A careful understanding of epigenetic mechanisms allows sociologists to include a new biological perspective into research designs – when it is incorporated carefully and not used casually or blindly as a deus ex machina explanatory device that is.
Epigenetics provides us with one of several “mechanisms by which social influences become embodied” (Kuzawa and Sweet 2008: 2). A promising place for sociologists to enter into this research or use it fruitfully is to examine how social environments and inequalities become embodied as epigenetic imprints, altering gene expression and consequently affecting a wide array of health outcomes. Additionally, while mapping the epigenome, epigeneticists are exploring differences in the plasticity of particular alleles at various points in the lifecourse. Could the inclusion of epigenetic biomarkers in sociological work allow for the separation of early life events from cumulative ones?
These mechanistic stories are bound to be messy, but such feedback loops and the enmeshment of social and biological processes are inescapable. With the knowledge and technology available today, we are far beyond oversimplified nature versus nurture debates. Many biologists who do epigenetic work realize that in order to get a complete, complex mapping of these mechanisms, the social needs to be included. These biologists view sociological and cultural variables as more of a signal rather than just contextual noise. Sociologists should not only collaborate with such researchers, but also help shape what these projects look like.
Further, sociologists should be aware of developing epigenetic discourse and how it is being received in the media. Over the past year or so, non-scientific magazines from Time to Newsweek have picked up on epigenetic findings, publishing articles for the general public on the topic. However, not all of this reporting clearly emphasizes epigenetics’ softening of geneticization’s hard line determinism. Further, some of it mistakenly over-emphasizes our agency in the changing of our own and our future generations’ genetic code. Sociologists should be aware of such reporting, lest it follow the route of the powerful, persuasive, and pervasive hold the narrative of geneticization has in everyday, non-scientific talk (Chaufan 2007) – especially since general understandings of genetic findings often easily allow genetics to take the stage as a deus ex machina of causal efficacy despite findings that clearly prove otherwise.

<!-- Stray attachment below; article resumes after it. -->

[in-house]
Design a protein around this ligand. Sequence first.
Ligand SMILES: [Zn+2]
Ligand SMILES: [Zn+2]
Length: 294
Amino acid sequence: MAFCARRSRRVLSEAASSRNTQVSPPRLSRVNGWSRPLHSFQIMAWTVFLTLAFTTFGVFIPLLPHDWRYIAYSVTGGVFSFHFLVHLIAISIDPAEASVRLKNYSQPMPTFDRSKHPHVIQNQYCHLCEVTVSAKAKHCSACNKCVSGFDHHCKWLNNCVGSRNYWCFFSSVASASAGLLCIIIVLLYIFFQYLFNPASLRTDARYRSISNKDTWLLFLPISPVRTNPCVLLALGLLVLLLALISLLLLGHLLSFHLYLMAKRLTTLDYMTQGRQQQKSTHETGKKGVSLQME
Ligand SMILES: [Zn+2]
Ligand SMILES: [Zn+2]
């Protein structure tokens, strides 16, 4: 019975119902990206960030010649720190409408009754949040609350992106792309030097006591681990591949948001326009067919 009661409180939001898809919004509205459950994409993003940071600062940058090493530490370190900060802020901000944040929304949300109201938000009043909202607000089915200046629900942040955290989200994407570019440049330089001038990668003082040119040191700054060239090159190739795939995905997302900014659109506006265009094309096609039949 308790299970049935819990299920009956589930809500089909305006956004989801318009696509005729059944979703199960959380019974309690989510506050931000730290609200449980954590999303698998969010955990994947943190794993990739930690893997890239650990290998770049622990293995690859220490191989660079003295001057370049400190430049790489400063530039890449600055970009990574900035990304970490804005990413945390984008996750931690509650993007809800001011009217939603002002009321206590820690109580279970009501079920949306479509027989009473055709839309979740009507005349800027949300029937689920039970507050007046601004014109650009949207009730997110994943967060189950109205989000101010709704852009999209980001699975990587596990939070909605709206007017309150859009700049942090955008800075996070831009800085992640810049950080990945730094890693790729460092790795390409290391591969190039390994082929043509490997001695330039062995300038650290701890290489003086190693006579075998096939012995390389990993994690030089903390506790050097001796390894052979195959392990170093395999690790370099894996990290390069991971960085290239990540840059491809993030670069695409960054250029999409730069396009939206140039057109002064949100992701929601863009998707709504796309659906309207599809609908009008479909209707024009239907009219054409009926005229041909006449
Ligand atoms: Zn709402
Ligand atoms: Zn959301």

What is Epigenetics?
Controlling Your Genes
DNA: How You Can Control Your Genes, Destiny
Ghost in Our Genes
The recent uptick in genetic testing for a range of illnesses has prompted great debate in the medical community about how reliable and useful the testing is, as well as discussion among social scientists about the social and ethical consequences of the testing. One line of inquiry that has been around a bit longer is about biological thinking, specifically as it is related to stigma and inequality. In particular, there is a fascinating and timely discussion of the geneticization of mental illness by Jo Phelan (2005) that, even before the emergence of the current debate about technology, delved into the promise and perils of genetic thinking – though not specifically about genetic testing. For instance, Phelan addresses issues of stigma and labeling associated with seeing mental illness as a genetic problem. Phelan finds that stigma is, at the same time, both enhanced and alleviated by geneticization. In other words, if an illness is genetic, it removes the feelings of responsibility from the sufferer and makes it more difficult for others to blame him or her for said illness. The illness and the person who embodies said condition, then, are not seen as one and the same. However, the same genetic thinking opens the door to a range of new judgments that can be detrimental both in terms of self-concept and the way in which others make assumptions about those who experience, in this case, mental illness. There has been some, but not much work, overall, in the social sciences, about the social problems associated with genetic testing (for a lovely summary, see the article linked below). In the last few weeks, genetic testing has been thrust into the forefront once again after fervent debate that ended with Eric Holder, US Attorney General ruling that genes cannot be patented – thus, genes are in the public domain – even though companies like “Myriad,” a testing company, already possess the patent to two human genes (and it is unclear what will happen to these patents).